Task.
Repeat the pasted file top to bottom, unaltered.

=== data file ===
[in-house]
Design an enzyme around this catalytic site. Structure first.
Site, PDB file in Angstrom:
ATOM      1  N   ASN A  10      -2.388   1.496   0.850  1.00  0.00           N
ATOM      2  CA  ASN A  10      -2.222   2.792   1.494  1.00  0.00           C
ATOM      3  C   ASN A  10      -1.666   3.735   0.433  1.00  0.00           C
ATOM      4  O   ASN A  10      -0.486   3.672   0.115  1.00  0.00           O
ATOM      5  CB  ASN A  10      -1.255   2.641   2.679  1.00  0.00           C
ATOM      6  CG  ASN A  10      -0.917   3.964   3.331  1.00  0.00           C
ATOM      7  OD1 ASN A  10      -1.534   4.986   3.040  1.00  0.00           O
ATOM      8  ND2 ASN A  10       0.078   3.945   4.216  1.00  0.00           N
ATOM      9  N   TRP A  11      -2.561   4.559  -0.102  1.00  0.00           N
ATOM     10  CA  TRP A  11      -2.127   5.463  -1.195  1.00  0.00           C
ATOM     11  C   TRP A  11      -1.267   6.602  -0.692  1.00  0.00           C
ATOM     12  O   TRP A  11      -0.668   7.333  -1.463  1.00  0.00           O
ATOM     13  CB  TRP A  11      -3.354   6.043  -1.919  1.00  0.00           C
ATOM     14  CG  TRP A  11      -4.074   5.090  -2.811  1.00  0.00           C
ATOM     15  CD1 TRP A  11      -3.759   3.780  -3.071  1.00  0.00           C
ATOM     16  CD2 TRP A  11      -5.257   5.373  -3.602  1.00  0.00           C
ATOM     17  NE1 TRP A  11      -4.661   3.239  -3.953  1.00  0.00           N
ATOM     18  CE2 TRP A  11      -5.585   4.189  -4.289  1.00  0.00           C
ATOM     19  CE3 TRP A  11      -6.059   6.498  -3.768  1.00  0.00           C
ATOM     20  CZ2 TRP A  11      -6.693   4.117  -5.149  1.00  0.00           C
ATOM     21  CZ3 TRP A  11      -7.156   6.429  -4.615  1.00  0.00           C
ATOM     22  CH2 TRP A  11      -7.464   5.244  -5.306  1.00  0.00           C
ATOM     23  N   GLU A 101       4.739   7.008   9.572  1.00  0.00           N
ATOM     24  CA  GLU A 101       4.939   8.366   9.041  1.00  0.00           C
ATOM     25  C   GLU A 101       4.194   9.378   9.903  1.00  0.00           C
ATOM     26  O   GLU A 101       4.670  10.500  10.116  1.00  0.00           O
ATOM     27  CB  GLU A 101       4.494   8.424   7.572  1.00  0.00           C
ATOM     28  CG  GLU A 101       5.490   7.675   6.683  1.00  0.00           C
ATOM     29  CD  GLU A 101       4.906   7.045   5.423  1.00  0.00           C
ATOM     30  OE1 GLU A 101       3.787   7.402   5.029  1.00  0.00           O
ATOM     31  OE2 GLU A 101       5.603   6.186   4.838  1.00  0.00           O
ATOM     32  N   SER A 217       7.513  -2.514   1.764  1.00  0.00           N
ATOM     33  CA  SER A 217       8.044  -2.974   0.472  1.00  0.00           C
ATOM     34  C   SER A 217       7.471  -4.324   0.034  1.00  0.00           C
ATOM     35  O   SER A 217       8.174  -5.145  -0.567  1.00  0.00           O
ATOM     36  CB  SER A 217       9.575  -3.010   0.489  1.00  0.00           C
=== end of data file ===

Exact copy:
[in-house]
Design an enzyme around this catalytic site. Structure first.
Site, PDB file in Angstrom:
ATOM      1  N   ASN A  10      -2.388   1.496   0.850  1.00  0.00           N
ATOM      2  CA  ASN A  10      -2.222   2.792   1.494  1.00  0.00           C
ATOM      3  C   ASN A  10      -1.666   3.735   0.433  1.00  0.00           C
ATOM      4  O   ASN A  10      -0.486   3.672   0.115  1.00  0.00           O
ATOM      5  CB  ASN A  10      -1.255   2.641   2.679  1.00  0.00           C
ATOM      6  CG  ASN A  10      -0.917   3.964   3.331  1.00  0.00           C
ATOM      7  OD1 ASN A  10      -1.534   4.986   3.040  1.00  0.00           O
ATOM      8  ND2 ASN A  10       0.078   3.945   4.216  1.00  0.00           N
ATOM      9  N   TRP A  11      -2.561   4.559  -0.102  1.00  0.00           N
ATOM     10  CA  TRP A  11      -2.127   5.463  -1.195  1.00  0.00           C
ATOM     11  C   TRP A  11      -1.267   6.602  -0.692  1.00  0.00           C
ATOM     12  O   TRP A  11      -0.668   7.333  -1.463  1.00  0.00           O
ATOM     13  CB  TRP A  11      -3.354   6.043  -1.919  1.00  0.00           C
ATOM     14  CG  TRP A  11      -4.074   5.090  -2.811  1.00  0.00           C
ATOM     15  CD1 TRP A  11      -3.759   3.780  -3.071  1.00  0.00           C
ATOM     16  CD2 TRP A  11      -5.257   5.373  -3.602  1.00  0.00           C
ATOM     17  NE1 TRP A  11      -4.661   3.239  -3.953  1.00  0.00           N
ATOM     18  CE2 TRP A  11      -5.585   4.189  -4.289  1.00  0.00           C
ATOM     19  CE3 TRP A  11      -6.059   6.498  -3.768  1.00  0.00           C
ATOM     20  CZ2 TRP A  11      -6.693   4.117  -5.149  1.00  0.00           C
ATOM     21  CZ3 TRP A  11      -7.156   6.429  -4.615  1.00  0.00           C
ATOM     22  CH2 TRP A  11      -7.464   5.244  -5.306  1.00  0.00           C
ATOM     23  N   GLU A 101       4.739   7.008   9.572  1.00  0.00           N
ATOM     24  CA  GLU A 101       4.939   8.366   9.041  1.00  0.00           C
ATOM     25  C   GLU A 101       4.194   9.378   9.903  1.00  0.00           C
ATOM     26  O   GLU A 101       4.670  10.500  10.116  1.00  0.00           O
ATOM     27  CB  GLU A 101       4.494   8.424   7.572  1.00  0.00           C
ATOM     28  CG  GLU A 101       5.490   7.675   6.683  1.00  0.00           C
ATOM     29  CD  GLU A 101       4.906   7.045   5.423  1.00  0.00           C
ATOM     30  OE1 GLU A 101       3.787   7.402   5.029  1.00  0.00           O
ATOM     31  OE2 GLU A 101       5.603   6.186   4.838  1.00  0.00           O
ATOM     32  N   SER A 217       7.513  -2.514   1.764  1.00  0.00           N
ATOM     33  CA  SER A 217       8.044  -2.974   0.472  1.00  0.00           C
ATOM     34  C   SER A 217       7.471  -4.324   0.034  1.00  0.00           C
ATOM     35  O   SER A 217       8.174  -5.145  -0.567  1.00  0.00           O
ATOM     36  CB  SER A 217       9.575  -3.010   0.489  1.00  0.00           C